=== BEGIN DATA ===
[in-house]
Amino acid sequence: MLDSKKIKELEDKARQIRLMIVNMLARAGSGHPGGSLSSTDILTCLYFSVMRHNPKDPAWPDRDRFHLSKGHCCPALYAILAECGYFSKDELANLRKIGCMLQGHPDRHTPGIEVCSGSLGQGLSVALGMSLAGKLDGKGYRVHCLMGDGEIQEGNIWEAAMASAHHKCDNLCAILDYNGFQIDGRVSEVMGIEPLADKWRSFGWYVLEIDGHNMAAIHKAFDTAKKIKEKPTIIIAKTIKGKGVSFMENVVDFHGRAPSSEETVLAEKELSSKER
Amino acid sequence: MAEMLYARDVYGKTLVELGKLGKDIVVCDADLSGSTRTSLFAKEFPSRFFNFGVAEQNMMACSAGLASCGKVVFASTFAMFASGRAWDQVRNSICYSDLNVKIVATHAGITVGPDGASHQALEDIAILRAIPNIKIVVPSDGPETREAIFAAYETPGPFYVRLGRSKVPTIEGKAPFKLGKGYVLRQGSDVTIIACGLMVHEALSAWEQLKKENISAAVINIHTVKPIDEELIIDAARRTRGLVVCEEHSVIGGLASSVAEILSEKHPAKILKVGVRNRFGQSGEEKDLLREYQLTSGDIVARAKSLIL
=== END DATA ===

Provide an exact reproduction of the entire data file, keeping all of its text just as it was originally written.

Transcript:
[in-house]
Amino acid sequence: MLDSKKIKELEDKARQIRLMIVNMLARAGSGHPGGSLSSTDILTCLYFSVMRHNPKDPAWPDRDRFHLSKGHCCPALYAILAECGYFSKDELANLRKIGCMLQGHPDRHTPGIEVCSGSLGQGLSVALGMSLAGKLDGKGYRVHCLMGDGEIQEGNIWEAAMASAHHKCDNLCAILDYNGFQIDGRVSEVMGIEPLADKWRSFGWYVLEIDGHNMAAIHKAFDTAKKIKEKPTIIIAKTIKGKGVSFMENVVDFHGRAPSSEETVLAEKELSSKER
Amino acid sequence: MAEMLYARDVYGKTLVELGKLGKDIVVCDADLSGSTRTSLFAKEFPSRFFNFGVAEQNMMACSAGLASCGKVVFASTFAMFASGRAWDQVRNSICYSDLNVKIVATHAGITVGPDGASHQALEDIAILRAIPNIKIVVPSDGPETREAIFAAYETPGPFYVRLGRSKVPTIEGKAPFKLGKGYVLRQGSDVTIIACGLMVHEALSAWEQLKKENISAAVINIHTVKPIDEELIIDAARRTRGLVVCEEHSVIGGLASSVAEILSEKHPAKILKVGVRNRFGQSGEEKDLLREYQLTSGDIVARAKSLIL